Unit Vector polar in terms of cartesian

 Homework Sci Advisor HW Helper Thanks P: 12,463 How did you do the first bit? What would be the analogous method for the second bit? You are not asked to prove it, just write it down. note: $\text{\hat{a}} \rightarrow \hat{a}$ ... rather than a{hat}. (welcome to PF)
 P: 260 I'm not sure if this will help you, but the general form of the transformation of a basis vector is: $$\vec{e}_{\bar{\nu}}=\sum_{\mu=1}^n \frac{ \partial x^\mu }{ \partial x^{\bar{\nu}}}\vec{e_\mu}$$ where n is the number of dimensions (in this case two). xμ represents the Cartesian coordinates x and y (i.e. x1=x, x2=y). xν (with a bar over it - this distinguishes between Cartesian and polar coordinates) represents the polar coordinates r and θ. What you need to do is differentiate the Cartesian coordinates x and y with respect to r and θ (i.e. dx/dr, dx/dθ, dy/dr, and dy/dθ). When you sum the Cartesian basis vectors e1=(1,0) and e2=(0,1) times the appropriate values, you'll get basis vectors for r and θ.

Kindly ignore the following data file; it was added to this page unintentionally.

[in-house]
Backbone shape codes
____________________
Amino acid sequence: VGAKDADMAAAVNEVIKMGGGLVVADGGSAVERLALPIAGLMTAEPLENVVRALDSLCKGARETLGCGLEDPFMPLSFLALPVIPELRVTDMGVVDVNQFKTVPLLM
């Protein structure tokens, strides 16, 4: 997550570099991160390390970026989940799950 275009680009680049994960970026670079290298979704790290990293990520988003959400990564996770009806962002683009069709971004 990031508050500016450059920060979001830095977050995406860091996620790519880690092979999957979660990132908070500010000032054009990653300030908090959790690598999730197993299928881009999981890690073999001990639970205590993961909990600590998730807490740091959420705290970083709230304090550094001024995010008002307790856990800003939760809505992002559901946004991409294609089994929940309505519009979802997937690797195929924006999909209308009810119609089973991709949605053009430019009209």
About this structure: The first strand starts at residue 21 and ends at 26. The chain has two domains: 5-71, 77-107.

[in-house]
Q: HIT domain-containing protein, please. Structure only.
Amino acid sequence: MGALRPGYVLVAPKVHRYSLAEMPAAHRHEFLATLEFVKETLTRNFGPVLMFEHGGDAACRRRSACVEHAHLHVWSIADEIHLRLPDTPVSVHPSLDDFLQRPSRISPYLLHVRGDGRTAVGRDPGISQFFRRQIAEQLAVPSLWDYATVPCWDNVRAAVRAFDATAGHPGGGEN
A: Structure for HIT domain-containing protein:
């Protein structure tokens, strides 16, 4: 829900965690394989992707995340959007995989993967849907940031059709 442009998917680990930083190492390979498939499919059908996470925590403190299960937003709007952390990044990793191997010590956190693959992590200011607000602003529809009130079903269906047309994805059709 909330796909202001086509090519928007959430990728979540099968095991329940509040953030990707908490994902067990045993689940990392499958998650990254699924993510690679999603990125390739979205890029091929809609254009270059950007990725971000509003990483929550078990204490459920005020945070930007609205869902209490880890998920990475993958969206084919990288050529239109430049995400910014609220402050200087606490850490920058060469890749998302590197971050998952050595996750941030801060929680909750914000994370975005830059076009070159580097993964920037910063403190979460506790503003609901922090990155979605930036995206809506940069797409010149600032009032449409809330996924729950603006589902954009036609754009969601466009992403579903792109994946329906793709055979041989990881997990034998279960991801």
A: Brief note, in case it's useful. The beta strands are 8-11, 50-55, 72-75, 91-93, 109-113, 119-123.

P: 29 Unit Vector polar in terms of cartesian Could someone give me a hint on the first part of this? Because I can derive it - that is just simple trigonometry - but I can't figure out how to concretely prove that $\hat{r}= \hat{x}cosθ + \hat{y}sinθ$ Edit: I'm thinking illustrate that $\vec{r} = r\hat{r}$ in polar and then showing that in Cartesian $\vec{r} = \hat{x}cos\phi +\hat{y}sin\phi$ Edit2: Nope, I'm confused again.. I think elfmotat is correct, but I don't quite understand his explanation. Edit3: nevermind - I got it.